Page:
Denmark, Finland and New Zealand least corrupt countries, according to index
Denmark, Finland and New Zealand tied for first place as the least corrupt countries in the world, according to Transparency International's 2012 Corruption Perception Index, which measures perceived levels of government corruption in 176 countries worldwide.
While the index, which the non-profit group published Dec. 5, ranks countries from 0, "highly corrupt," to 100, "very clean," no country scored perfectly and the three top-ranked countries only scored a 90. Two-thirds of the countries included in the index scored below 50. The index compiles data from 13 surveys conducted by independent institutions such as the World Bank and Bertelsmann Foundation.
The United States ranked nineteenth with a score of 73.
The three leading countries scored well because they provide open access to information and have clear rules governing the behavior of those in public positions, says Transparency International in a Dec. 5 blog post accompanying the index.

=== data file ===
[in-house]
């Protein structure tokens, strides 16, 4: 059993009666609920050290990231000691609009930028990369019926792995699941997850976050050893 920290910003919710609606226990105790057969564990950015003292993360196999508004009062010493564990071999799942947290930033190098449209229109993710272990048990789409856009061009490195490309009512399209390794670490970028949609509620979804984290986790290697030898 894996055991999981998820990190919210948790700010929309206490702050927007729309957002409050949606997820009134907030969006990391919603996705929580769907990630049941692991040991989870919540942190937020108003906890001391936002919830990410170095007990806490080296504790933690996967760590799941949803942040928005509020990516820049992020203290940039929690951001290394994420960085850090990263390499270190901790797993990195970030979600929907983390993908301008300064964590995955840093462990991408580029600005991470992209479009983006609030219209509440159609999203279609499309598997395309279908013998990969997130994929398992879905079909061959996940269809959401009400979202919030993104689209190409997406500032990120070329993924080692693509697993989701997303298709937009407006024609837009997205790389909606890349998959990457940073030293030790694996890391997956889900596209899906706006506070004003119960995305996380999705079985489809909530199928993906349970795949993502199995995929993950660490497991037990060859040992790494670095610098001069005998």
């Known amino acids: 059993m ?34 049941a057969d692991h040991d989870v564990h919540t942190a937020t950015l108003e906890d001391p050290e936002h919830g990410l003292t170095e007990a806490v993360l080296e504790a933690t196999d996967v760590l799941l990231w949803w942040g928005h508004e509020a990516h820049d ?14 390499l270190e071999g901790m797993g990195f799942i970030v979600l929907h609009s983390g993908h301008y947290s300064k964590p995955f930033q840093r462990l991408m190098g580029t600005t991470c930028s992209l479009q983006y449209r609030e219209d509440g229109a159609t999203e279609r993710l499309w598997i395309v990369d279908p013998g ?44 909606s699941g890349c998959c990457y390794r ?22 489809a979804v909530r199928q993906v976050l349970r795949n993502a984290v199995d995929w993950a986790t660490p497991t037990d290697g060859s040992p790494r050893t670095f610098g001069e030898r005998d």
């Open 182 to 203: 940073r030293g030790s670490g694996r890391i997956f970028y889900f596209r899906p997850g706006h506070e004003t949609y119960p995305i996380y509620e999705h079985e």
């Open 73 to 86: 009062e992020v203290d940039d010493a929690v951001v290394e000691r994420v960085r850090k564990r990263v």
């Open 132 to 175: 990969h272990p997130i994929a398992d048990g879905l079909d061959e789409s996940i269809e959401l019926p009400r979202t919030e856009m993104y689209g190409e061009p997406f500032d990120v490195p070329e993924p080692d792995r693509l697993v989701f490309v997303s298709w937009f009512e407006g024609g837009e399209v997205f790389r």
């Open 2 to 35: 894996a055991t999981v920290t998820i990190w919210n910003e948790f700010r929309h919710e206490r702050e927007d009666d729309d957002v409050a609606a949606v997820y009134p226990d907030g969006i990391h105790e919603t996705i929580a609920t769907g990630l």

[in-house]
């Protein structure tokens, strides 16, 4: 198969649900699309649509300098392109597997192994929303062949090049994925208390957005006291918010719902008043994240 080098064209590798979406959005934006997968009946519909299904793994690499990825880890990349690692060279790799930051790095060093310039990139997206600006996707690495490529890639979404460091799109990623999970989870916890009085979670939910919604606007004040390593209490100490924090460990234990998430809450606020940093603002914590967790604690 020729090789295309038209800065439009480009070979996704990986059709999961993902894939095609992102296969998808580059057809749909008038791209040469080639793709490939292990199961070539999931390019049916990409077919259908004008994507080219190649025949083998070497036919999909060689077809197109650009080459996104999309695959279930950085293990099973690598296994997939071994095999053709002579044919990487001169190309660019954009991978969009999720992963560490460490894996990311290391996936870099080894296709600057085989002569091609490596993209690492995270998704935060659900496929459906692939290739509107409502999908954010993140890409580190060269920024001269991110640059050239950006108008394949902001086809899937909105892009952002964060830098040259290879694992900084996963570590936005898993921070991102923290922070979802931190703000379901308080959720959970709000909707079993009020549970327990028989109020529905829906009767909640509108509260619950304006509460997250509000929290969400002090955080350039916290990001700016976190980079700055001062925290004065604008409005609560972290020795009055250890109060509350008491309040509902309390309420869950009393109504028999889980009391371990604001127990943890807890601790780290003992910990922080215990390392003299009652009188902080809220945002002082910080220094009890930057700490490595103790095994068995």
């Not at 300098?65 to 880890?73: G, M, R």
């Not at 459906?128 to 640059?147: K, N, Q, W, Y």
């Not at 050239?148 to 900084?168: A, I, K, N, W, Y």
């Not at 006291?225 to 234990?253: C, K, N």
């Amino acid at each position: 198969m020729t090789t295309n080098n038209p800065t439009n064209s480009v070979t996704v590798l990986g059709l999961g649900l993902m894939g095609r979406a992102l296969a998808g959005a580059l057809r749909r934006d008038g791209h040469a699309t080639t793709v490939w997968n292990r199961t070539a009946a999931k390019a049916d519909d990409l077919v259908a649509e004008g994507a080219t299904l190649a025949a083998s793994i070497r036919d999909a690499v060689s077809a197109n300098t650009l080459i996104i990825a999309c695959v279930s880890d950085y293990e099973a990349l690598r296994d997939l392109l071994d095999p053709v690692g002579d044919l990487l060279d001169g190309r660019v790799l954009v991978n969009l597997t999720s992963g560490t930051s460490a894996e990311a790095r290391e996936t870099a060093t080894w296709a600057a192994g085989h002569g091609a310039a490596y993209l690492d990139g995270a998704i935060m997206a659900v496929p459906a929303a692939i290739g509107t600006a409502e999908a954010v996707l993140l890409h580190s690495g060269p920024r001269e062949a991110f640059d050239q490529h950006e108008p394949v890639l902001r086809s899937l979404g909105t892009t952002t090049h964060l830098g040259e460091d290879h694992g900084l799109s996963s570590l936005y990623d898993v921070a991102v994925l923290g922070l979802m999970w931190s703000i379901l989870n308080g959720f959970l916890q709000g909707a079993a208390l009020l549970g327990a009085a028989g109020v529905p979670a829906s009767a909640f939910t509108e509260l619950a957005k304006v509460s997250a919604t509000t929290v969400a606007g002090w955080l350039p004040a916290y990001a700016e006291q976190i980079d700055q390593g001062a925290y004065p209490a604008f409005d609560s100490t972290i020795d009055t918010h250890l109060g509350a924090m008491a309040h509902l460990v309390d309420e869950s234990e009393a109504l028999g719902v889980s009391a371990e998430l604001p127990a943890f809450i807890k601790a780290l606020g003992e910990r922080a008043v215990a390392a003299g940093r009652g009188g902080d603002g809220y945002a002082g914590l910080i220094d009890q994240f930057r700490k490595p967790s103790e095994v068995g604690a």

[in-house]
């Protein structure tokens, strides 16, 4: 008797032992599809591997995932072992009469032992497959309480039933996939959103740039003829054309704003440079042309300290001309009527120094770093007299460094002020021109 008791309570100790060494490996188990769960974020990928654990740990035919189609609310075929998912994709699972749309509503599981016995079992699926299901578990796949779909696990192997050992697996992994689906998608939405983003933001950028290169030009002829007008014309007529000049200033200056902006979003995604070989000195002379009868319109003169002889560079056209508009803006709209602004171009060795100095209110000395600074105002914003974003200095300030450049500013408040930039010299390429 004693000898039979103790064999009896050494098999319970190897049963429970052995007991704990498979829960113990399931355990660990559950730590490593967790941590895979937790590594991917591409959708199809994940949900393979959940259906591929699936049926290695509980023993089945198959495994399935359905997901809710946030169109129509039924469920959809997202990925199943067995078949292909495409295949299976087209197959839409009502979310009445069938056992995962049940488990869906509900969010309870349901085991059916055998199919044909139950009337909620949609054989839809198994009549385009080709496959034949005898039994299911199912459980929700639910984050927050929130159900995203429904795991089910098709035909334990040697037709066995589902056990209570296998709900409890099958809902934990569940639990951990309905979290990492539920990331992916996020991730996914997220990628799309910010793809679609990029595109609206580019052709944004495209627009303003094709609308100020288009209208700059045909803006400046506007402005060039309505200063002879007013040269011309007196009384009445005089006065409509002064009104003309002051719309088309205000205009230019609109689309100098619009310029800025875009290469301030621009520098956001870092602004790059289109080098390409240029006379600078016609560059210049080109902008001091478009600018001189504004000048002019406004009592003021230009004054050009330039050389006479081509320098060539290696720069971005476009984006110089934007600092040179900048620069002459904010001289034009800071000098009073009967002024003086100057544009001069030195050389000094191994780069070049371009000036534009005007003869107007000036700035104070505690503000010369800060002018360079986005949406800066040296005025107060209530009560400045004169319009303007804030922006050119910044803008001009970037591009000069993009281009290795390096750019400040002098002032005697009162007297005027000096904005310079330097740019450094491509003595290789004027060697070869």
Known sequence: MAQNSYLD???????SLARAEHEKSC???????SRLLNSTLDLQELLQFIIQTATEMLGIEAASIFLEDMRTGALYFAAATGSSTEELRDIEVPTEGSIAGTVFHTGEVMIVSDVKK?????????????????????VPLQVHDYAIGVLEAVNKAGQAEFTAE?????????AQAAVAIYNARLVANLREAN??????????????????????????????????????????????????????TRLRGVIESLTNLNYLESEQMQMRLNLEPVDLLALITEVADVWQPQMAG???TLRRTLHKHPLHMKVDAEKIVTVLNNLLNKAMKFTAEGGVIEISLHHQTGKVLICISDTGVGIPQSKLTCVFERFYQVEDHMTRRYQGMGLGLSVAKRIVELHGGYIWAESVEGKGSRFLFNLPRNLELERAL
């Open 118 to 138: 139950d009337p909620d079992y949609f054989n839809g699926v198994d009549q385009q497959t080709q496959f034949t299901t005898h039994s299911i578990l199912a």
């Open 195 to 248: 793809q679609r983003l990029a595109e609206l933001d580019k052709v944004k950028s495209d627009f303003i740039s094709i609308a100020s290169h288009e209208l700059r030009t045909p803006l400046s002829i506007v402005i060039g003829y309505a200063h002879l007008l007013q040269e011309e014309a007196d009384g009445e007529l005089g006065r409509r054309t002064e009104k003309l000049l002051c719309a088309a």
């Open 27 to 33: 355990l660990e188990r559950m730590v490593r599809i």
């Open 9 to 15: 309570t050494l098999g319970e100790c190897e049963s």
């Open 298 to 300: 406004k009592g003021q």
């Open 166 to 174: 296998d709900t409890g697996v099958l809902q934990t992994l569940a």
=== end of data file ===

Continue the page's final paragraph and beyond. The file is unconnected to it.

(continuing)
Afghanistan, North Korea and Somalia tied for last place in the index. They ranked as the most corrupt countries in part because they lack accountable leadership and effective public institutions, says Transparency International.
Eurozone countries affected by financial crisis and countries impacted by the Arab Spring that have not made progress on genuine political reform also ranked low in the corruption index, notes the organization. Egypt, for one, dipped significantly in its ranking.